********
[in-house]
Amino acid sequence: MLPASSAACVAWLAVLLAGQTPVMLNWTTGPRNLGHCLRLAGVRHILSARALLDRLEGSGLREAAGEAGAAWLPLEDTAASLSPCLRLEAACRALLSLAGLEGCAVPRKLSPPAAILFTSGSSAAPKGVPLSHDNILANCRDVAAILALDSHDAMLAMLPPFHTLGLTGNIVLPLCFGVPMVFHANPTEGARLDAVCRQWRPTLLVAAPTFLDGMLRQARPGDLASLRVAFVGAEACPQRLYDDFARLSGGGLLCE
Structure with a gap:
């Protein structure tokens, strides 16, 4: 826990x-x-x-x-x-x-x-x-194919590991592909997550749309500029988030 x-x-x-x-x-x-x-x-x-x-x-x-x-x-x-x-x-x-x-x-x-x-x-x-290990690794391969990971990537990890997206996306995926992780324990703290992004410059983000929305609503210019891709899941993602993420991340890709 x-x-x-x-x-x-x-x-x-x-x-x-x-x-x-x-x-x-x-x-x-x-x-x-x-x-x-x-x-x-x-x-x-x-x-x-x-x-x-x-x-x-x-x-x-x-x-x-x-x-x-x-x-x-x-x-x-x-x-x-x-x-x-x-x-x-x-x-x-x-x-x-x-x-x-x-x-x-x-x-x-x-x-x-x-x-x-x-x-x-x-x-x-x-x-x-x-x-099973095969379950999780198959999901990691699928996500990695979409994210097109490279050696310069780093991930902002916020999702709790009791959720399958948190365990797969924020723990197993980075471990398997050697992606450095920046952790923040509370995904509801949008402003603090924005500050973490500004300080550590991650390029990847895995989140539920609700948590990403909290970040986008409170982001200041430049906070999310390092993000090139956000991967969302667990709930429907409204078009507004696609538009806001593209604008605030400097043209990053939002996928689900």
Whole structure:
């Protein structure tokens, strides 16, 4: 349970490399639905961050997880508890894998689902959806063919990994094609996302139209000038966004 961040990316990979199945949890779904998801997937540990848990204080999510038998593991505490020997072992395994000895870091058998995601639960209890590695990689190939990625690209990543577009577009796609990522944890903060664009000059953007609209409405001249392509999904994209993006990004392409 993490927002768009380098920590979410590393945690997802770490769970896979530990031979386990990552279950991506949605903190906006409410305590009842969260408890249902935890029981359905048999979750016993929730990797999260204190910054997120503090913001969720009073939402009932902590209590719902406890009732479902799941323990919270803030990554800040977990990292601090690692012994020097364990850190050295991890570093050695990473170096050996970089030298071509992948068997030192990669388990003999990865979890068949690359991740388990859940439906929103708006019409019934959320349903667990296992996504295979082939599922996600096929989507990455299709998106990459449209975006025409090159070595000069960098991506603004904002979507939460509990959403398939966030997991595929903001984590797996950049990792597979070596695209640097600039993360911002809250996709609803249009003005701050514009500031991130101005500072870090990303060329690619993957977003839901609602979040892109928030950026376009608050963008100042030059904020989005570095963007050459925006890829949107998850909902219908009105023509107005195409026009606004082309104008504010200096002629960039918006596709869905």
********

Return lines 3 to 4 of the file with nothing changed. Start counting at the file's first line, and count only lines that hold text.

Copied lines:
Structure with a gap:
């Protein structure tokens, strides 16, 4: 826990x-x-x-x-x-x-x-x-194919590991592909997550749309500029988030 x-x-x-x-x-x-x-x-x-x-x-x-x-x-x-x-x-x-x-x-x-x-x-x-290990690794391969990971990537990890997206996306995926992780324990703290992004410059983000929305609503210019891709899941993602993420991340890709 x-x-x-x-x-x-x-x-x-x-x-x-x-x-x-x-x-x-x-x-x-x-x-x-x-x-x-x-x-x-x-x-x-x-x-x-x-x-x-x-x-x-x-x-x-x-x-x-x-x-x-x-x-x-x-x-x-x-x-x-x-x-x-x-x-x-x-x-x-x-x-x-x-x-x-x-x-x-x-x-x-x-x-x-x-x-x-x-x-x-x-x-x-x-x-x-x-x-099973095969379950999780198959999901990691699928996500990695979409994210097109490279050696310069780093991930902002916020999702709790009791959720399958948190365990797969924020723990197993980075471990398997050697992606450095920046952790923040509370995904509801949008402003603090924005500050973490500004300080550590991650390029990847895995989140539920609700948590990403909290970040986008409170982001200041430049906070999310390092993000090139956000991967969302667990709930429907409204078009507004696609538009806001593209604008605030400097043209990053939002996928689900």